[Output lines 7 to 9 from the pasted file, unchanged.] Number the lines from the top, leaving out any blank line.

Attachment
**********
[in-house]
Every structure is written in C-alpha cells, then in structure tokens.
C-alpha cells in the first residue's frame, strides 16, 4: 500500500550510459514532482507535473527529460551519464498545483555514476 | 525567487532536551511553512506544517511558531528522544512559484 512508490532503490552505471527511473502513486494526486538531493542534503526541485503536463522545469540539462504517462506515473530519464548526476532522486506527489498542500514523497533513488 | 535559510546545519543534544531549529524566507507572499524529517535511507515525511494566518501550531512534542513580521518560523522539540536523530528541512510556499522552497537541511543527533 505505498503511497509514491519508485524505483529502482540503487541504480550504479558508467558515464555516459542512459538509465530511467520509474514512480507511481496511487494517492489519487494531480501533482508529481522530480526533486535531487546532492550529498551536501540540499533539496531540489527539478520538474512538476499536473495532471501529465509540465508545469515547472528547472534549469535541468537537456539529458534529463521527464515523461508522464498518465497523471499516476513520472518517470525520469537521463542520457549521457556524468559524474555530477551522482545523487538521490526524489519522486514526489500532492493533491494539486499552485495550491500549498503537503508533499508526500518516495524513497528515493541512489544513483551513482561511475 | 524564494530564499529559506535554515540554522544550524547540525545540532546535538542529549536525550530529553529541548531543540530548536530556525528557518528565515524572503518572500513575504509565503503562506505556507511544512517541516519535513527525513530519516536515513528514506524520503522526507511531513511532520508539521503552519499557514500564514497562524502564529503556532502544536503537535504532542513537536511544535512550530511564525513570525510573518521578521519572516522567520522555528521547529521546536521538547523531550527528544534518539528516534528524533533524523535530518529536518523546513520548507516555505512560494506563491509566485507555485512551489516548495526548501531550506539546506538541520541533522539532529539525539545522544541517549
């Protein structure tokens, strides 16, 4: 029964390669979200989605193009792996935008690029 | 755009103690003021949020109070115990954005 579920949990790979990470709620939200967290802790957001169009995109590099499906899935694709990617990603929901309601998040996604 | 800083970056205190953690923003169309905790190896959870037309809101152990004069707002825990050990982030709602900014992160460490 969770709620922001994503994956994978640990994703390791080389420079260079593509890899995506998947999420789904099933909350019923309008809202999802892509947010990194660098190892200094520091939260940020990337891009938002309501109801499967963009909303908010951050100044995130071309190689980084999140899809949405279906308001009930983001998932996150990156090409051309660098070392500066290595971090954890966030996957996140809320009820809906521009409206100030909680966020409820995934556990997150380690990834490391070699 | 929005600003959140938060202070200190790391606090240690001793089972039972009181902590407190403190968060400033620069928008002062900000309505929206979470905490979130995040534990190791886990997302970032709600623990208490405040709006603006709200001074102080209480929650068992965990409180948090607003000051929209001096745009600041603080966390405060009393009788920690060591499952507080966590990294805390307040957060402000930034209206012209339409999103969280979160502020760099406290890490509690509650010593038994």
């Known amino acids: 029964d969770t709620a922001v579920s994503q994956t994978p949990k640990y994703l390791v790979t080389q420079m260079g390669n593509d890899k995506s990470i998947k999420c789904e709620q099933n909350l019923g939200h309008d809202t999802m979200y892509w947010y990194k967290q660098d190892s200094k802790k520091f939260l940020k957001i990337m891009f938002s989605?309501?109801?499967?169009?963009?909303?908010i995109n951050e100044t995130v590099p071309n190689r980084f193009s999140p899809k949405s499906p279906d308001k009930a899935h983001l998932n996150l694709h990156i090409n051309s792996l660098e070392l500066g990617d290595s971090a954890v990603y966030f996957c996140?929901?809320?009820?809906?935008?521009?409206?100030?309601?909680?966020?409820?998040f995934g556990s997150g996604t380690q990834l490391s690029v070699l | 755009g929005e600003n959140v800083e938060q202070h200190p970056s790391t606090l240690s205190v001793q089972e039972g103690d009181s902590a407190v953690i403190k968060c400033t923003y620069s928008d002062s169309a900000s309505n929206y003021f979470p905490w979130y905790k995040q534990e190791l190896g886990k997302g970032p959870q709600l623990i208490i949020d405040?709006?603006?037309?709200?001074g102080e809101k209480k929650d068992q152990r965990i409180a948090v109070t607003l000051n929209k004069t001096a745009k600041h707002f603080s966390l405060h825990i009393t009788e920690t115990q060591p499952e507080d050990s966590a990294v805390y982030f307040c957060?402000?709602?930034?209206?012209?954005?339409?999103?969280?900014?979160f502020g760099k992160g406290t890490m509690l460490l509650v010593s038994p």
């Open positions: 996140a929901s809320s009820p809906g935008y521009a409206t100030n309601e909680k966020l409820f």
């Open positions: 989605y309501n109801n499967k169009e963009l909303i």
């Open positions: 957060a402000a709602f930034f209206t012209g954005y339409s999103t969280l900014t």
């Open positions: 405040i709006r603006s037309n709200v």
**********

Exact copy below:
């Open positions: 989605y309501n109801n499967k169009e963009l909303i």
């Open positions: 957060a402000a709602f930034f209206t012209g954005y339409s999103t969280l900014t």
């Open positions: 405040i709006r603006s037309n709200v």